Fresh, dynamic and bursting with life, Matthew Bourne’s Romeo and Juliet is an electric reimagining of a classic tale.
Shakespeare’s Romeo and Juliet is generally considered to be one of the greatest love stories in the English literary tradition. Written in the late 1500s, this iconic tale of star cross’d lovers continues to be enjoyed across the globe. Whether it be Shakespeare’s traditional play, Baz Lurhmann’s innovative film or Kenneth MacMillan’s poignant ballet, we are all familiar with the tragedy in some way or another.
Sir Matthew Bourne, choreographer extraordinaire, has built his reputation upon innovative re-workings of classic tales. Perhaps most famously, his 1995 interpretation of Swan Lake broke boundaries by replacing the female corps-de-ballet with a striking male ensemble. More recently, Bourne has produced ground-breaking productions of Lord of the Flies, Edward Scissorhands and Cinderella to name but a few. Whilst Bourne has been hoping to re-create Romeo and Juliet for many years, it is only now, in 2019, that he has finally done it. The outcome, it’s fair to say, does not disappoint.
Central to Bourne’s interpretation is the notion of youth. Bourne’s cast is primarily made up of young dancers, most at the beginning of their professional careers. Moreover, the influence of the young creatives, for instance 22-year-old Associate Choreographer Arielle Smith, can be traced throughout. The result is a production that is fresh and dynamic, bursting with energy and adolescent vivacity.
On the whole, it is left to the audience to make up their own mind about where and when this story exists. We know only that it is set in the Verona Institute – a part psychiatric hospital, part young offenders’ institution – in a world where love is forbidden, and emotions suppressed. The inmates move in regimented unison against a clinical backdrop of white tiled walls and towering iron fences. They march and protest to Prokofiev’s iconic score, reworked and re-orchestrated by Terry Davies to create a sharper and cleaner sound. The energy and punch produced as the young dancers pace to the pounding rhythm of “Dance of the Knights” is impossible to forget.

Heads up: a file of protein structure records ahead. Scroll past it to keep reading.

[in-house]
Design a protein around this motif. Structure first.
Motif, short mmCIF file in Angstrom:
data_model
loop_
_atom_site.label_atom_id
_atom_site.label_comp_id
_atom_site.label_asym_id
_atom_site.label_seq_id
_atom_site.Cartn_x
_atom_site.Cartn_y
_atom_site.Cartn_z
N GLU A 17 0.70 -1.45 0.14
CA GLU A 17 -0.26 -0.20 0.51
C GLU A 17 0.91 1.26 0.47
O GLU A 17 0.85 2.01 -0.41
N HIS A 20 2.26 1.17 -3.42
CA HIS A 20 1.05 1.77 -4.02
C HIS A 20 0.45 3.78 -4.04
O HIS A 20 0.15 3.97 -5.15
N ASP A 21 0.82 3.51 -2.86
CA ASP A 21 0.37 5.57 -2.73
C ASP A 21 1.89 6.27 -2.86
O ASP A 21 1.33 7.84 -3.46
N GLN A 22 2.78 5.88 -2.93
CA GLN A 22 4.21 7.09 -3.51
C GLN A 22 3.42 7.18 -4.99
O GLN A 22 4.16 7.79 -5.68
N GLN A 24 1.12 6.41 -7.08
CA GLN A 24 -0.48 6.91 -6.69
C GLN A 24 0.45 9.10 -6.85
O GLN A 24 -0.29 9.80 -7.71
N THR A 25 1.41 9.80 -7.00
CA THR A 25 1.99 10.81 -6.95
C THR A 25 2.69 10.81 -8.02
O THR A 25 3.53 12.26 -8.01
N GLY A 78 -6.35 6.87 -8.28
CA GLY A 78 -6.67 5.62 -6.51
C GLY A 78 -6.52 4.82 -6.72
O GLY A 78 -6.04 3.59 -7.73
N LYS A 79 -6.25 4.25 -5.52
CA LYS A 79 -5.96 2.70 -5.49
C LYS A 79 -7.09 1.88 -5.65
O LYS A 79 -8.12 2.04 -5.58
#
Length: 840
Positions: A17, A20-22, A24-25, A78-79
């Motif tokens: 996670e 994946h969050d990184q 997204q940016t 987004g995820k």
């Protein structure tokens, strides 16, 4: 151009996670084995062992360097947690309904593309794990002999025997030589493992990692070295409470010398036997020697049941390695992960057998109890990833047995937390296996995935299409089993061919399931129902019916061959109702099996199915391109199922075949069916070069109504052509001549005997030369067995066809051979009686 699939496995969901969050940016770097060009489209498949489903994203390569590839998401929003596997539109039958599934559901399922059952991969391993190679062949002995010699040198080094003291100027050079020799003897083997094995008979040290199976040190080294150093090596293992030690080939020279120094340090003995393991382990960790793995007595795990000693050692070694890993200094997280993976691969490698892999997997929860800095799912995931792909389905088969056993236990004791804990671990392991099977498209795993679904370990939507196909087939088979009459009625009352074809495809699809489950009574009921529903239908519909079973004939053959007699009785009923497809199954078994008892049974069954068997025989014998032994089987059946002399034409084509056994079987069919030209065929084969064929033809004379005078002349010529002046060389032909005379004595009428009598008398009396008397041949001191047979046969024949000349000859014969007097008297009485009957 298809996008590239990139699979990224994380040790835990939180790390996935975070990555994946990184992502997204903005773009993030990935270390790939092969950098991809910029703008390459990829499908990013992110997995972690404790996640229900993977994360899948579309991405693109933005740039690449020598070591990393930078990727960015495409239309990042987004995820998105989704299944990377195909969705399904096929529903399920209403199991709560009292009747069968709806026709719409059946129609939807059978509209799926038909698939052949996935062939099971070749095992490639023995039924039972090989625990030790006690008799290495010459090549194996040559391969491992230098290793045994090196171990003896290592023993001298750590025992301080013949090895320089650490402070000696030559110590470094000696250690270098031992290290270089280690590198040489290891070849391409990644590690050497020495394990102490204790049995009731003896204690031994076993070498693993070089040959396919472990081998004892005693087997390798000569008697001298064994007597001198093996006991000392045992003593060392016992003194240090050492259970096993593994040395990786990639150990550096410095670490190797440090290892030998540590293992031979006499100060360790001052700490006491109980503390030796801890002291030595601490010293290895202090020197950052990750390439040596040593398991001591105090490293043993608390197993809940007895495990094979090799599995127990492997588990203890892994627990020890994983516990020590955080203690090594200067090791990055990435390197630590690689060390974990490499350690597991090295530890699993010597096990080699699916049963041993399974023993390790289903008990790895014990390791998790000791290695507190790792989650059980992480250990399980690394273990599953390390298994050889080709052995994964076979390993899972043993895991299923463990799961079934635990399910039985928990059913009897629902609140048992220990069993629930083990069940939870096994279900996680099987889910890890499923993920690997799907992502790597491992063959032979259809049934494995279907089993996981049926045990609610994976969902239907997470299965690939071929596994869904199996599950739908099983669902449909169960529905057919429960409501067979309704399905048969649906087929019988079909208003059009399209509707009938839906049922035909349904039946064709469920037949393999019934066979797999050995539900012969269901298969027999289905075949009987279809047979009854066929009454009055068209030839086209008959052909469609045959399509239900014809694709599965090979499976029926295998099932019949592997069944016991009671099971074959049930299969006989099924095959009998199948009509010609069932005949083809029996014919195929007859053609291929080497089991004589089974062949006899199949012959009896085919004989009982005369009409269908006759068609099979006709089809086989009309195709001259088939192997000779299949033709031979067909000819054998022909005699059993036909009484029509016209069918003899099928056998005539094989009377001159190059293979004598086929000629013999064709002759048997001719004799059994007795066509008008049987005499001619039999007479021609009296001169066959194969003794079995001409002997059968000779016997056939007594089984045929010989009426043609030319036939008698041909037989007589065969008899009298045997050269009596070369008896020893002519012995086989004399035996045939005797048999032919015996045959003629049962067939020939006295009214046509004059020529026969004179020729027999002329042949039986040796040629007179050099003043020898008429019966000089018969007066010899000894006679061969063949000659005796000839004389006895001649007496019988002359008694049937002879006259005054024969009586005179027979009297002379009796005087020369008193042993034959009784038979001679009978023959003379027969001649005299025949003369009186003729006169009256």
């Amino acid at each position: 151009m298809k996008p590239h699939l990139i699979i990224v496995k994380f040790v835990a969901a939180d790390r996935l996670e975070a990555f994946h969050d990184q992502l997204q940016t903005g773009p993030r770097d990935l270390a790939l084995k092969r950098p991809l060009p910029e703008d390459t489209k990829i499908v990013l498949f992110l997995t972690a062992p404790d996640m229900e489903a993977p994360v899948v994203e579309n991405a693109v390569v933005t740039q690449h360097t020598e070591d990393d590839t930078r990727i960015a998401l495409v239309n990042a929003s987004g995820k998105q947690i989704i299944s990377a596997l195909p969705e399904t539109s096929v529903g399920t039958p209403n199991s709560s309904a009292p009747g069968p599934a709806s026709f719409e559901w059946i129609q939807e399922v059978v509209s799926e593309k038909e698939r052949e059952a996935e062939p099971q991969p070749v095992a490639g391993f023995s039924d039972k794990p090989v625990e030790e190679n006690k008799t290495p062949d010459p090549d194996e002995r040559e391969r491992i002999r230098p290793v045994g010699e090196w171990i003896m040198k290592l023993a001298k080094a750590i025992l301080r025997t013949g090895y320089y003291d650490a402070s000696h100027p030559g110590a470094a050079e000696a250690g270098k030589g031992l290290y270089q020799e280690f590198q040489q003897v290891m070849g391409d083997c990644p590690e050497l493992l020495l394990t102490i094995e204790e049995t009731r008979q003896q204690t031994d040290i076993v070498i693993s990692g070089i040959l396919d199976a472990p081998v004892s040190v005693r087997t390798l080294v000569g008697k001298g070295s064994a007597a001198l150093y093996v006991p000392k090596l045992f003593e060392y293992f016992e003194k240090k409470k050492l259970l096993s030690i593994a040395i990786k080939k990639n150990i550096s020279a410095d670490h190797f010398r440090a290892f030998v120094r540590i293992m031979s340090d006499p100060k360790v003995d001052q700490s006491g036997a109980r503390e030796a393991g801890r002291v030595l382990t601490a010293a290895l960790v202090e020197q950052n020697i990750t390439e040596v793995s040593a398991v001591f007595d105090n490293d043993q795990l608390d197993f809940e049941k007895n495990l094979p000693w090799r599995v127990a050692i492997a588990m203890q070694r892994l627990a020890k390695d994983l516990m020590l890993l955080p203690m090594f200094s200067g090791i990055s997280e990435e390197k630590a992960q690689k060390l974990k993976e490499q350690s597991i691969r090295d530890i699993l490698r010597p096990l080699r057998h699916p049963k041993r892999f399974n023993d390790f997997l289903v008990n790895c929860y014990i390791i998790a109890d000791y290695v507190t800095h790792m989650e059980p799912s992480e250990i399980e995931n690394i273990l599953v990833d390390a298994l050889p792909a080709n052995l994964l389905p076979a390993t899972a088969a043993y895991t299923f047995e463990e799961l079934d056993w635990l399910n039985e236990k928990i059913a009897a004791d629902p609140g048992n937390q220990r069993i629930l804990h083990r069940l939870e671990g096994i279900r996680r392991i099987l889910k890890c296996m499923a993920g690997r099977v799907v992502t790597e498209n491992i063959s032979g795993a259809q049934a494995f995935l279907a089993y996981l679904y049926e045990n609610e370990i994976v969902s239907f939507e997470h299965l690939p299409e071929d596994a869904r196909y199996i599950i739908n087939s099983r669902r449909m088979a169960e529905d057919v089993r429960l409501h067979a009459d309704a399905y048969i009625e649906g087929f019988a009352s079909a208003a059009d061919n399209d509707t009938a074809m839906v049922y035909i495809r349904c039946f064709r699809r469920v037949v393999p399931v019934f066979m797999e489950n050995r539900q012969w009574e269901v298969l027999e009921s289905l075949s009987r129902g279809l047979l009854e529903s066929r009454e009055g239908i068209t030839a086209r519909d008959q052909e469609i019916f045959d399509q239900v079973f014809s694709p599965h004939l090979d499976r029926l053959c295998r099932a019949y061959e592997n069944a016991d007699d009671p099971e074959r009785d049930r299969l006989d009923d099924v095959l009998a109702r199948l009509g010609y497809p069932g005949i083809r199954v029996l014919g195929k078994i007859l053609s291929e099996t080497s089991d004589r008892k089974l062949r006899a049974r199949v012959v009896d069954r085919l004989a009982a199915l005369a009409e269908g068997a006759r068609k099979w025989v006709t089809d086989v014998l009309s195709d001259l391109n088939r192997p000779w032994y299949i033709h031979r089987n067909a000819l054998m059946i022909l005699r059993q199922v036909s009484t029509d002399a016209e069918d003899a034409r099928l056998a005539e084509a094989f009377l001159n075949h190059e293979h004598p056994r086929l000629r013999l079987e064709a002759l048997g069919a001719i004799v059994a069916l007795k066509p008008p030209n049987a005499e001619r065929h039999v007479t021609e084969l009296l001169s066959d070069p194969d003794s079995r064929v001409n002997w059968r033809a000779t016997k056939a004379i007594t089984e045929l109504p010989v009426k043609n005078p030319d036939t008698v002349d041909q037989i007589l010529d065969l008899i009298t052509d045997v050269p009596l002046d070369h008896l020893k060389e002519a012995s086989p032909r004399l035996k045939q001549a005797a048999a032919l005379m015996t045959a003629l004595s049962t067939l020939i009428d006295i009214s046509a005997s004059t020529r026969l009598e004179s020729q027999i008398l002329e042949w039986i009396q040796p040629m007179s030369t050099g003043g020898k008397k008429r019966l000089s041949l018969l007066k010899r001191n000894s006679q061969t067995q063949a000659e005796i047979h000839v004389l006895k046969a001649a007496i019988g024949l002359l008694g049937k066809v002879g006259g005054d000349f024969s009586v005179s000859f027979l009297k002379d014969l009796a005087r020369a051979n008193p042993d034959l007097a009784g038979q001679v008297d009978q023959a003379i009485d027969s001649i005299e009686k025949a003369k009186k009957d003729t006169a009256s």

What is striking about Bourne’s Romeo and Juliet is its rejection of the themes most commonly associated with Shakespeare’s play. The Capulets and Montagues, the two families famously at war, are nowhere to be seen within Bourne’s reimagining. Rather, this a tale about young people resisting an oppressive system and rising up against the dominant authorities in control.
Romeo (Andrew Monaghan/Paris Fitzpatrick), a pervasively awkward teenager, enters the Institute after he is abandoned by his high-flying political parents who fear he will threaten their ability to gain votes in the upcoming election. Here he is captivated by Juliet (Seren Williams/Cordelia Braithwaite), a complex character grappling with her inner demons. It becomes apparent early on in the production that Juliet is being sexually abused by Tybalt (Danny Reubens/Dan Wright), a brutish and thuggish guard at the Institute; the image of Juliet’s hand pressed up against the frosted glass, is one which haunts the performance right until its end.
Some of Bourne’s most innovative choreography emerges in his exploration of love and desire. The iconic masquerade ball is reimagined as a frigid school disco, with couples supervised under the watchful eye of the adults. However, the event transforms into a raunchy rave following the adults’ departure – no longer stiff and sterile, the teenagers’ movements explode with passionate intensity. Equally remarkable is Bourne’s interpretation of the iconic balcony scene. Here, Romeo and Juliet perform an epic pas de deux, moving fluidly as one across the stage whilst simultaneously ensuring that their lips remain locked. The couple barely come up for air in what must be one of the longest kiss sequences British contemporary dance has ever seen.
Yet, the biggest shock of the production has to be its ending (no spoilers here). When an alcohol-infused Tybalt arrives on the scene, it is evident that tragedy is about to strike. In a whirlwind of terror, panic and madness, we see Juliet trapped in her nightmares, unable to escape the horrors that haunt her. The finale that follows is one that no-one could imagine …
Once again, Sir Matthew Bourne has successfully reinvented a classic tale in the most extraordinary way. Fuelled by electric dynamism and driven by untamed energy, this thrilling reimagining of Shakespeare’s Romeo and Juliet is certainly not to be missed.
Matthew Bourne’s Romeo and Juliet will be screened in cinemas across the UK on Tuesday October 22nd.
– Holly Van Ryssen